"Linda LeGarde Grover knows how to end a story—and manages to achieve both circularity and closure in each and every one. This is an impressive feat in and of itself, but for a collection of linked stories like The Dance Boots, which twist and tie and loop back on one another, the achievement is even more remarkable."
"A bright and determined vitality."
"With stunning sentences and other stylistic elements reminiscent of Hemingway, Wolfe, Tan and others, this collection dazzles with its complex characters, rustic settings, and authentic situations."
—Dark Sky magazine
“Grover’s sense of character and setting in these stories is so immediate, so vital. She has put the Mozhay Point Indian Reservation on the literary map.”
—Geary Hobson, author of The Last of the Ofos
"Grover neither sentimentalizes nor victimizes indigenous people but rather shows them as the complex humans they are."
“The powerful Ojibwe women in Linda LeGarde Grover’s Dance Boots tell stories in 'the rhythm and pattern of repeating and echoing, re-echoing and returning,' the pattern that keeps them strong. They need to be strong in the face of a terrible monster, one no less ferocious than those in Ojibwe traditional tales, one that steals children and returns them altered, alien, broken: the boarding schools. These are stories of survival as well, and as we follow the rhythm of her narrative we find ourselves joining the dance of a culture resurgent, a dance that returns lost children, that begins to heal a world.”
—Heid E. Erdrich, author of National Monuments
“In eight beautifully crafted Ojibwe stories, Grover’s characters, members of the LaForce family, learn to survive Indian boarding school, a brutal marriage, and even how to set pins in a bowling alley all the while taking care to remember the ancestors and the road home. Whether home is the mythic Mozhay Point Indian Reservation, a clapboard house, or a horse paradise of woods near Duluth, Minnesota, Grover’s The Dance Boots is an Ojibwe jingle dance that bounced me off the page, and back on again. A wonderful read!”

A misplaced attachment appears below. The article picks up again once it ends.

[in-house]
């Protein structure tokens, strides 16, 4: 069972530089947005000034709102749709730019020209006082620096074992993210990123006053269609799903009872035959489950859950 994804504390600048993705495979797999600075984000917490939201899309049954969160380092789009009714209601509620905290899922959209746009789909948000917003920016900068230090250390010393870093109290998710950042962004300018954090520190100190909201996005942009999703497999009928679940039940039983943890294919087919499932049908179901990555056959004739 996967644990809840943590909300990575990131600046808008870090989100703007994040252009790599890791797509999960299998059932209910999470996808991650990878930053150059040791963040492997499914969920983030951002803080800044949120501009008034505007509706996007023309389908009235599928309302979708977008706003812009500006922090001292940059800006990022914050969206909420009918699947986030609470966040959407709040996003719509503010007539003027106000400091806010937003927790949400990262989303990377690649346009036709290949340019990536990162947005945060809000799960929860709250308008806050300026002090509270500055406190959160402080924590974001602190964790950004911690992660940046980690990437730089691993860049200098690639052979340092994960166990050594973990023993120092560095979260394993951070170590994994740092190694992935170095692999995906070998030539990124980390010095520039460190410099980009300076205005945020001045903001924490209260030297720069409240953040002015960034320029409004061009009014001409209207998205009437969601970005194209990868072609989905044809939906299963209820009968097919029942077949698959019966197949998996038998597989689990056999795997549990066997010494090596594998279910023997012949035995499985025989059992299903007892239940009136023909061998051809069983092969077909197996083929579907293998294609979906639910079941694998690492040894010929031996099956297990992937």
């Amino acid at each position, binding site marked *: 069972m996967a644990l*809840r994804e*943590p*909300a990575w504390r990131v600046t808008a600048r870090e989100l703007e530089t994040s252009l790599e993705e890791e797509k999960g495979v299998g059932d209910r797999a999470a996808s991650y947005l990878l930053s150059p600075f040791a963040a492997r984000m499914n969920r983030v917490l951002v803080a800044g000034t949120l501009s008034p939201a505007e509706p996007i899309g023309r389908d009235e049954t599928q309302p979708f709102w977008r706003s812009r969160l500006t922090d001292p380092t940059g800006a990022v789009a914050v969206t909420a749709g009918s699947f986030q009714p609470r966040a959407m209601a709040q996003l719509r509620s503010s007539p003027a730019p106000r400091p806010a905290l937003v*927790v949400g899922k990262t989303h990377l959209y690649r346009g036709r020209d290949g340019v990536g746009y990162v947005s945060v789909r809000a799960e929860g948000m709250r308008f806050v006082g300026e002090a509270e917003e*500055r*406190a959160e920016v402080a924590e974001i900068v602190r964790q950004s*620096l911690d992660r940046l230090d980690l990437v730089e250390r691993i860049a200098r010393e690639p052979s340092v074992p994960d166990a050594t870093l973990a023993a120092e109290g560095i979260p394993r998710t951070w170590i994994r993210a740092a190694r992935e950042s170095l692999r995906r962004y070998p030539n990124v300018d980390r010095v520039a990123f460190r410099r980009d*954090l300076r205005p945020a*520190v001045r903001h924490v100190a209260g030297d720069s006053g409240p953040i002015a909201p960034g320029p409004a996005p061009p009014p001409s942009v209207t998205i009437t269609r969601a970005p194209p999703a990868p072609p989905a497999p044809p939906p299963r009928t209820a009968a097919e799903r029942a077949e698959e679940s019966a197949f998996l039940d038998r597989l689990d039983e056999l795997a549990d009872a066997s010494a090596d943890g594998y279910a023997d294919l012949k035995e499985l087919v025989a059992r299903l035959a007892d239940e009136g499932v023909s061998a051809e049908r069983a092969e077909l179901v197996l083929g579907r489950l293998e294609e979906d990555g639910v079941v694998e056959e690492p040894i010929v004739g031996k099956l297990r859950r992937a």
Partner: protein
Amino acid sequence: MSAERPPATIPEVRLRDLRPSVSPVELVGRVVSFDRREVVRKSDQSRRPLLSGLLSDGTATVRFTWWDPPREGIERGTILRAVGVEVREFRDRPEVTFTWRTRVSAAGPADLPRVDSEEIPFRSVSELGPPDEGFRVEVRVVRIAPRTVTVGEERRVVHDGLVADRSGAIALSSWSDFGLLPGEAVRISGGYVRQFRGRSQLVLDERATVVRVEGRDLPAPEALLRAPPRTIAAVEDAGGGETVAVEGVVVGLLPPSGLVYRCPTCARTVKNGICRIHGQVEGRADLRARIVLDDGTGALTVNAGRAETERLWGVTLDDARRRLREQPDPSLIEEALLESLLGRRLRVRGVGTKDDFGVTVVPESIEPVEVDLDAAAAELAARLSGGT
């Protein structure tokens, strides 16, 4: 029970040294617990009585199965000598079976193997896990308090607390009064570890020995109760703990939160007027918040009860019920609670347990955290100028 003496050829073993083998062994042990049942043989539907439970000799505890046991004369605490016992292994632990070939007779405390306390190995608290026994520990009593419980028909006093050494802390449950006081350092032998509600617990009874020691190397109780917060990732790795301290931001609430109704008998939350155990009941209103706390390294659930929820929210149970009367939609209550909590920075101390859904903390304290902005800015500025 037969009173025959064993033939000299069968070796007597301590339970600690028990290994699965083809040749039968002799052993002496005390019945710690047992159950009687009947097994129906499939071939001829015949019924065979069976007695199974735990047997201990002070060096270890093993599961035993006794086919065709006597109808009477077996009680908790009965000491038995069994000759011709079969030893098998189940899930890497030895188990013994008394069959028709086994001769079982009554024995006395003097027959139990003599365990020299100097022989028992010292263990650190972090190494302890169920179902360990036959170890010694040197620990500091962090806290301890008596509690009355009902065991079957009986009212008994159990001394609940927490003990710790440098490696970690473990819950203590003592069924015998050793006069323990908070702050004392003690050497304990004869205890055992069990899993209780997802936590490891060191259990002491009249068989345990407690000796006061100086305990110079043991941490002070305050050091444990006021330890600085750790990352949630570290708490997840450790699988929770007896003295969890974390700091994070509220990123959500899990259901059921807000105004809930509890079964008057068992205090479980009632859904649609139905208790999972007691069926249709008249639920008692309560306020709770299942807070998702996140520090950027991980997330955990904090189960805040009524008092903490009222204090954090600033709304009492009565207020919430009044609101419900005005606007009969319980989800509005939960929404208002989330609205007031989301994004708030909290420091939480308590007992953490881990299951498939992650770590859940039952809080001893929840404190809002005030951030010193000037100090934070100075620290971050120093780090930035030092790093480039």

—LeAnne Howe, author of Shell Shaker and Miko Kings: An Indian Baseball Story
"As we weave in and out of lives and times, the "I" that emerges here and there reminds us of how these stories have been transmitted from one generation to the next, in the end creating one vast but finely detailed tapestry of the life and history of a community."
—Minneapolis Star Tribune
"Through her first-person stories, told in the voices of Ojibwe men or women, Grover leads readers to better understand what they have never experienced."
—Indian Country Today
In this stirring collection of linked stories, Linda LeGarde Grover portrays an Ojibwe community struggling to follow traditional ways of life in the face of a relentlessly changing world.
In the title story an aunt recounts the harsh legacy of Indian boarding schools that tried to break the indigenous culture. In doing so she passes on to her niece the Ojibwe tradition of honoring elders through their stories. In “Refugees Living and Dying in the West End of Duluth,” this same niece comes of age in the 1970s against the backdrop of her forcibly dispersed family. A cycle of boarding schools, alcoholism, and violence haunts these stories even as the characters find beauty and solace in their large extended families.
With its attention to the Ojibwe language, customs, and history, this unique collection of riveting stories illuminates the very nature of storytelling. The Dance Boots narrates a century’s evolution of Native Americans making choices and compromises, often dictated by a white majority, as they try to balance survival, tribal traditions, and obligations to future generations.
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